Seven years

As of today, this blog has been running for seven years. While there have been some hard times, there have also been some optimistic moments where I’ve been really glad to do this kind of work.

And while I’ve posted some charts over the years, I’m proud to say that I have yet to post a picture. This just isn’t that kind of blog. You’ll find plenty of pictures elsewhere on the internet. Not here.

My biggest regret with this blog is that it hasn’t turned into the collaborative space I had hoped it would be. Julia Furay co-wrote a post, which was awesome. But for the most part, it’s just been me, plugging away at the WordPress Classic Editor. If you want to write a post and you’re a CUNY librarian, let me know! I would be happy to have your contributions.

Anyhow, thanks for seven great years! I hope to keep going for a while yet. Happy reading!

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Why we need version control in LibGuides

LibGuides doesn’t have version control. In my opinion, it really should. I’m not the first to suggest this. I am told that others have also requested this feature.

Hopefully Springshare is working on this. One of the hurdles in implementing version control is that it can sometimes be confusing. Git is certainly daunting to newcomers. But Google Docs has version control of a much simpler sort. Maybe there is a librarian-friendly flavor of version control that could be integrated with LibGuides. I think that this would be a big win.

Personally, I manage version control by keeping a copy of our LibGuides HTML, CSS and JavaScript in a GitHub repository. On occasion, this has been very useful, as there have been times when I’ve had to roll things back. As our LibGuides setup becomes more complex, the importance of this backup has only increased. An external GitHub repository is a passable solution given the options. But it would be much better if version control was built into LibGuides. I hope that this feature can be added soon.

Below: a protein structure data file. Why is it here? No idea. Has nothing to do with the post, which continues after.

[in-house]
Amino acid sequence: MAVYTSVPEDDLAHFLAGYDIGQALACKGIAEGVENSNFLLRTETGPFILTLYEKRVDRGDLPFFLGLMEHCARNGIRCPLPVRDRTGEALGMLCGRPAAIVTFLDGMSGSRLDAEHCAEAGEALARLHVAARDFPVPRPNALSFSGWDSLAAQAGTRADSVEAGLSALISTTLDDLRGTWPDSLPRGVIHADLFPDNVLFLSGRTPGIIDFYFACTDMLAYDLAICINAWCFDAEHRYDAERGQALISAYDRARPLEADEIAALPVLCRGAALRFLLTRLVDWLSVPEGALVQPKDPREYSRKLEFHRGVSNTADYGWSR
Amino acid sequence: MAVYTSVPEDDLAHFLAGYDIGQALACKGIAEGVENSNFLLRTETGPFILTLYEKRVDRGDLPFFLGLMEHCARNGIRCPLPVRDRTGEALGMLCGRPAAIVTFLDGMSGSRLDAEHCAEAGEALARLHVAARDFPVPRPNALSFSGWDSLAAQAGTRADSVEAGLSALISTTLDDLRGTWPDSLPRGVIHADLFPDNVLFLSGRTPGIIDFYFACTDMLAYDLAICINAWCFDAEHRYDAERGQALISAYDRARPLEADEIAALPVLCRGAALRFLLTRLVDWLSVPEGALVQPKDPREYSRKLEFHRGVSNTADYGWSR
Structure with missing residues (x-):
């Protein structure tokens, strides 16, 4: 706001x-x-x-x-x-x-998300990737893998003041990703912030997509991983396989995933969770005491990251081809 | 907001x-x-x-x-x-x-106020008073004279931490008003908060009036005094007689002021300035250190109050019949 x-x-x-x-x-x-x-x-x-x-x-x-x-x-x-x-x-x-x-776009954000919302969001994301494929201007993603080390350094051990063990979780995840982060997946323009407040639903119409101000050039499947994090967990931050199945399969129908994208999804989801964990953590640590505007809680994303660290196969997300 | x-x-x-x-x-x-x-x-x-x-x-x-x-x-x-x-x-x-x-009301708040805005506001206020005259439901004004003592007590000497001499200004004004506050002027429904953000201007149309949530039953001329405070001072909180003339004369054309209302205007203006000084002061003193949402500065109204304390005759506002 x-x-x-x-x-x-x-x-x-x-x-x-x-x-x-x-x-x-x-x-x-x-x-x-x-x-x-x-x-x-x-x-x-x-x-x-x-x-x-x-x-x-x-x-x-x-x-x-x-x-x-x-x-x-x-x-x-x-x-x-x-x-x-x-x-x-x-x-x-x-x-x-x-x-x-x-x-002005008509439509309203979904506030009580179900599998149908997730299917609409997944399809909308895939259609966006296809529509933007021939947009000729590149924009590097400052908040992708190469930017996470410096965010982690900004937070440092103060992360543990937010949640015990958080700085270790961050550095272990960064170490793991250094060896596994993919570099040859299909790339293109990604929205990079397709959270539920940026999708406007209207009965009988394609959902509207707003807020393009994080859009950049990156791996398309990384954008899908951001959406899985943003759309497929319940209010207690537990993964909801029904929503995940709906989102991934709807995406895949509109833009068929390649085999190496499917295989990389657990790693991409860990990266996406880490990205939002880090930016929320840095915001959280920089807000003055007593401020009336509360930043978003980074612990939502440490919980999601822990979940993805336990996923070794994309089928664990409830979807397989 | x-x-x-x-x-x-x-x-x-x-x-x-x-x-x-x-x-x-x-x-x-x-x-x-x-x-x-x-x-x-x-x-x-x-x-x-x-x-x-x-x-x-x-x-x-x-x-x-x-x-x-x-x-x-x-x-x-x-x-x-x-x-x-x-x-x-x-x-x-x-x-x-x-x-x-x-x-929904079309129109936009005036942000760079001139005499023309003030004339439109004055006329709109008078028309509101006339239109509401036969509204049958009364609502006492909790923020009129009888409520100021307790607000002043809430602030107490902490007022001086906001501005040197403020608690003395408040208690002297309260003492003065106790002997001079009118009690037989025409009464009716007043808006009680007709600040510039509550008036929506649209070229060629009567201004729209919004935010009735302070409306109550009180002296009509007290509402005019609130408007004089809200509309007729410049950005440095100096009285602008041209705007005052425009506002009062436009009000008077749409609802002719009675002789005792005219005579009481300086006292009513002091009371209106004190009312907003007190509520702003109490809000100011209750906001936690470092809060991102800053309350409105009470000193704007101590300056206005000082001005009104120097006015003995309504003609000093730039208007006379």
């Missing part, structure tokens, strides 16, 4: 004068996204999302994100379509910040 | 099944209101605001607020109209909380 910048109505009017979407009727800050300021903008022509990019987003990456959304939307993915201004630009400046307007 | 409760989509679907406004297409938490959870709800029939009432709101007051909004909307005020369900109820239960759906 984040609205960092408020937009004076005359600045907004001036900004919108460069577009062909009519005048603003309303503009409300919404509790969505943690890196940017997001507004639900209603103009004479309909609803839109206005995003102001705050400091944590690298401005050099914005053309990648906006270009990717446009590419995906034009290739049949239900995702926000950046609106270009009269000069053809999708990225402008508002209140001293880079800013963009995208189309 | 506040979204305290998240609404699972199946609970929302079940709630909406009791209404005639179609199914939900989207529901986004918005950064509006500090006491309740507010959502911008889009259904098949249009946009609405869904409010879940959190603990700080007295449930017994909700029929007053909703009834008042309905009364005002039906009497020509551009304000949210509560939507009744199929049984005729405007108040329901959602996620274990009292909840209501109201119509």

Posted in git, libguides, version control | Leave a comment

Creating a desktop application using Python (part 2)

Usually code works for a while, until it doesn’t. That happened to me this week with new-books-desktop, my desktop application for producing our monthly new books list. I had recently lost the virtualenv that was being used to build the executable to a replaced hard drive, and was hoping that it would be easy enough to rebuild, say with:

pip install -r requirements.txt

But no such luck. Six hours of work later and I am no closer to having a working virtualenv. Over the course of the afternoon, I attempted a lot of fixes, and generated a lot of varied error messages, but I still did not manage to get all of the libraries installed, let alone run the build process. This isn’t the end of the world; I’m sure I’ll get it figured out eventually; but it speaks to how capricious software can seem sometimes. We are often at the whims of different versions of libraries, of different bugs (both patched and unpatched), and of our own shortcomings as problem solvers. It requires patience and humility, as well as a stubborn determinedness to ultimately figure out what is wrong. And then at best our code will work for a little while. Programming is for a person who can accept being a very specific kind of Sisyphus.

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LibGuides for non-librarians

Next month, I’m planning to teach a workshop for non-librarian faculty on how to use LibGuides. This will be a first for me. LibGuides is a very library-focused tool, and I am curious to see how it goes over with non-librarians.

On the one hand, LibGuides is a very accessible, general-purpose CMS that would seem to have many use cases, much like WordPress. On the other hand, it also has a lot of library-specific tooling built in, which may (perhaps?) alienate non-librarian users. Non-librarians are probably not usually going to want to “add a book from the catalog” or “add a database”. The question is whether they will be willing to look past these features to see it as a general-purpose CMS. I suppose librarian-specific features can be easily ignored, but people also usually expect their software to be aimed specifically at their use case. So the question is: if there are some irrelevant (from their perspective) features, will non-librarians engage with the platform?